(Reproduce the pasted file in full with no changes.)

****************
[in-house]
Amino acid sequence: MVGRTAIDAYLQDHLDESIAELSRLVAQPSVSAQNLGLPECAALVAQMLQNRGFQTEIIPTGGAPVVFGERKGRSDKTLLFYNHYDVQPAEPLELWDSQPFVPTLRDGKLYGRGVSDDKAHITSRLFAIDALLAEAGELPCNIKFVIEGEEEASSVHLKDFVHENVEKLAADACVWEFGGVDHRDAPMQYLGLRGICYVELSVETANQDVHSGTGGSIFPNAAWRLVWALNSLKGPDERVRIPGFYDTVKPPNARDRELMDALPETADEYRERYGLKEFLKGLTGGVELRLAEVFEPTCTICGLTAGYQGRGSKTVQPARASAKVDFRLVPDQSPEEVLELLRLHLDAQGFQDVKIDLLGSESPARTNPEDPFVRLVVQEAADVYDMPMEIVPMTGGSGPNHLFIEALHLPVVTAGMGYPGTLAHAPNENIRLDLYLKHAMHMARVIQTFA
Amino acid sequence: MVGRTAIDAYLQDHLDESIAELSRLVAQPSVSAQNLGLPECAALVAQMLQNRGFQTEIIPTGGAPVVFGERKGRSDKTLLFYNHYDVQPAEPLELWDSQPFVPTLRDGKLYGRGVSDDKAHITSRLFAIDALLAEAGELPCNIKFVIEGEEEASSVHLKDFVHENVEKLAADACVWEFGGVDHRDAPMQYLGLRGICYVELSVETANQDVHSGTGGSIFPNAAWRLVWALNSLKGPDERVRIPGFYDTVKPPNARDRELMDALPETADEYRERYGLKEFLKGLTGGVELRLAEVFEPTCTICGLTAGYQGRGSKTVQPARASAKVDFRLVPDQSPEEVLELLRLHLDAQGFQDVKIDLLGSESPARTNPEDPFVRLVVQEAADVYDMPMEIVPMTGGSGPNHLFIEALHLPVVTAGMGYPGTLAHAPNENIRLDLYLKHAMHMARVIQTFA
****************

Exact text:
[in-house]
Amino acid sequence: MVGRTAIDAYLQDHLDESIAELSRLVAQPSVSAQNLGLPECAALVAQMLQNRGFQTEIIPTGGAPVVFGERKGRSDKTLLFYNHYDVQPAEPLELWDSQPFVPTLRDGKLYGRGVSDDKAHITSRLFAIDALLAEAGELPCNIKFVIEGEEEASSVHLKDFVHENVEKLAADACVWEFGGVDHRDAPMQYLGLRGICYVELSVETANQDVHSGTGGSIFPNAAWRLVWALNSLKGPDERVRIPGFYDTVKPPNARDRELMDALPETADEYRERYGLKEFLKGLTGGVELRLAEVFEPTCTICGLTAGYQGRGSKTVQPARASAKVDFRLVPDQSPEEVLELLRLHLDAQGFQDVKIDLLGSESPARTNPEDPFVRLVVQEAADVYDMPMEIVPMTGGSGPNHLFIEALHLPVVTAGMGYPGTLAHAPNENIRLDLYLKHAMHMARVIQTFA
Amino acid sequence: MVGRTAIDAYLQDHLDESIAELSRLVAQPSVSAQNLGLPECAALVAQMLQNRGFQTEIIPTGGAPVVFGERKGRSDKTLLFYNHYDVQPAEPLELWDSQPFVPTLRDGKLYGRGVSDDKAHITSRLFAIDALLAEAGELPCNIKFVIEGEEEASSVHLKDFVHENVEKLAADACVWEFGGVDHRDAPMQYLGLRGICYVELSVETANQDVHSGTGGSIFPNAAWRLVWALNSLKGPDERVRIPGFYDTVKPPNARDRELMDALPETADEYRERYGLKEFLKGLTGGVELRLAEVFEPTCTICGLTAGYQGRGSKTVQPARASAKVDFRLVPDQSPEEVLELLRLHLDAQGFQDVKIDLLGSESPARTNPEDPFVRLVVQEAADVYDMPMEIVPMTGGSGPNHLFIEALHLPVVTAGMGYPGTLAHAPNENIRLDLYLKHAMHMARVIQTFA